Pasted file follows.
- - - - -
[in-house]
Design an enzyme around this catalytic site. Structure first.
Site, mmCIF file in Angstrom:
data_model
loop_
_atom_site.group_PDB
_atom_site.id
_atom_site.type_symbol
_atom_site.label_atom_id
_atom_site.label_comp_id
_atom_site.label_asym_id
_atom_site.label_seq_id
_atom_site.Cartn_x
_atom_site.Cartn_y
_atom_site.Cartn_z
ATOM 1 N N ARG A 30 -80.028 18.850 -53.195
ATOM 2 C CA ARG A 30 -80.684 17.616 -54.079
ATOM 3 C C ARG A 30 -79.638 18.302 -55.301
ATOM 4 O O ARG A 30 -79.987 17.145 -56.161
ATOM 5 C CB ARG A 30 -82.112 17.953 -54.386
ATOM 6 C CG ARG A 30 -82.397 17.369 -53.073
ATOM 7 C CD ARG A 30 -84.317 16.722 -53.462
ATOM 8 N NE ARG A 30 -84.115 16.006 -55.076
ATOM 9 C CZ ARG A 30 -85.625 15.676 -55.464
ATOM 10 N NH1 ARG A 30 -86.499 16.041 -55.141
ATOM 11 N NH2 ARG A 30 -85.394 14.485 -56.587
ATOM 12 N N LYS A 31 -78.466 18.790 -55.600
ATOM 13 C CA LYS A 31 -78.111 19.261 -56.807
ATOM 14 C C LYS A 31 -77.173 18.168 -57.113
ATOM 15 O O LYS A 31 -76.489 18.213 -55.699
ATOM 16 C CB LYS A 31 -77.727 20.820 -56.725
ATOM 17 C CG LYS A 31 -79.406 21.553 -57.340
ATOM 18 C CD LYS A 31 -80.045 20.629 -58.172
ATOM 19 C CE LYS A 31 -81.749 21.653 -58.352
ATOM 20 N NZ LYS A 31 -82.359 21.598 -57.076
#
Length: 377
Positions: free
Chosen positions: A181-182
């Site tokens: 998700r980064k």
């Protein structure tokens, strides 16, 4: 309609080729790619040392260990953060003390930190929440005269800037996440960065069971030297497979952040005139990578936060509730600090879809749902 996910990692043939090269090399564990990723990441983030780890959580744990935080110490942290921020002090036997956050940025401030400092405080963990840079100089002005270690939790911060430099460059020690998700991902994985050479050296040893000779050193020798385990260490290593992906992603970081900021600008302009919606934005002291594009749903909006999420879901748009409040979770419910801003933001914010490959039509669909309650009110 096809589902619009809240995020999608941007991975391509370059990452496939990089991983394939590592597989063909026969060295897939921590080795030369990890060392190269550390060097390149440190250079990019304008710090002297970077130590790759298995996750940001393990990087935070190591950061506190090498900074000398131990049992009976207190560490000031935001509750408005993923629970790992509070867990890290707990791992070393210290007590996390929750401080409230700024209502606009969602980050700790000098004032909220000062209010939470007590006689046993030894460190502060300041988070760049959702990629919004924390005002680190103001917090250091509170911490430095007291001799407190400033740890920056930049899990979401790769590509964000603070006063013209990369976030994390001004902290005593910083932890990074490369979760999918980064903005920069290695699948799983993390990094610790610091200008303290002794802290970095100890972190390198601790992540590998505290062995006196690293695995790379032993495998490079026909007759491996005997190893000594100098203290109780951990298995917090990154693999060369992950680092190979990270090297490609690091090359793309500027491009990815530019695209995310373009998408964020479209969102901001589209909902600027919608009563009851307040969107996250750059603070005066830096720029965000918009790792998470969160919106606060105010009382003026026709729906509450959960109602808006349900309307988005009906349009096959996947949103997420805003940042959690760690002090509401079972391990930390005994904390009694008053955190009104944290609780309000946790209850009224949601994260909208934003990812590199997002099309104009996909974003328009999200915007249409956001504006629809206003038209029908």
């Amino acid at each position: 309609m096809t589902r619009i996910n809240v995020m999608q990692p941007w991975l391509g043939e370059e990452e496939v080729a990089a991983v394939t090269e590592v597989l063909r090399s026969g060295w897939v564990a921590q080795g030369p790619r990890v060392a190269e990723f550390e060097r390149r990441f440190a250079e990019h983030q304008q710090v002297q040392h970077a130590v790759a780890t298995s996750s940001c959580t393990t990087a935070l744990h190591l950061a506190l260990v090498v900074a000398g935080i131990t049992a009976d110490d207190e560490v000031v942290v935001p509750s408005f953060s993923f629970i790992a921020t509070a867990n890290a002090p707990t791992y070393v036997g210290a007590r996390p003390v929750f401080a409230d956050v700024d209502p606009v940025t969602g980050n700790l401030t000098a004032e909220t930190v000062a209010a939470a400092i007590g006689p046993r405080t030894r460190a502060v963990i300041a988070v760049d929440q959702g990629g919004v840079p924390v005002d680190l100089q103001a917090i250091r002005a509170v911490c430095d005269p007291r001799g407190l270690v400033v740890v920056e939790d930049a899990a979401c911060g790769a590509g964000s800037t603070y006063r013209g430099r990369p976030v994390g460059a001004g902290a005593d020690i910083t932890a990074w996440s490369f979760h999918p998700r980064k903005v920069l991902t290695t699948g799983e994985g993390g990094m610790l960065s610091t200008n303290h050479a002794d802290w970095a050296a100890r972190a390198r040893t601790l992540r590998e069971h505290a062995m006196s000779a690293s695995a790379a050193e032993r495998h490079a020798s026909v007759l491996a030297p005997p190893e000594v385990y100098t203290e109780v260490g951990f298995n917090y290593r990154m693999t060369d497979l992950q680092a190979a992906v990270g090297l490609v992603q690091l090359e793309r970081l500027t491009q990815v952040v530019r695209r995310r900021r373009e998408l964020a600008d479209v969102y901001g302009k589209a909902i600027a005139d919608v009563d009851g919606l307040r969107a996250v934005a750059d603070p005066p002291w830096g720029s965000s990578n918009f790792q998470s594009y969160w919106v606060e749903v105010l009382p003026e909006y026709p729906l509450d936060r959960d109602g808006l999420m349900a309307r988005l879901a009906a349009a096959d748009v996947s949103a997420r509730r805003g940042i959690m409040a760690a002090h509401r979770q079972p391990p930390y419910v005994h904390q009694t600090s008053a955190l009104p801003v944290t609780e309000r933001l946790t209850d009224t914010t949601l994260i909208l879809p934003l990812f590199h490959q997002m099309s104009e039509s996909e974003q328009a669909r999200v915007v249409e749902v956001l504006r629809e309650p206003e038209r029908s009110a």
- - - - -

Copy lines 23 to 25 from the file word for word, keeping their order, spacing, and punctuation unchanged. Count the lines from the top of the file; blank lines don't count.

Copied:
ATOM 8 N NE ARG A 30 -84.115 16.006 -55.076
ATOM 9 C CZ ARG A 30 -85.625 15.676 -55.464
ATOM 10 N NH1 ARG A 30 -86.499 16.041 -55.141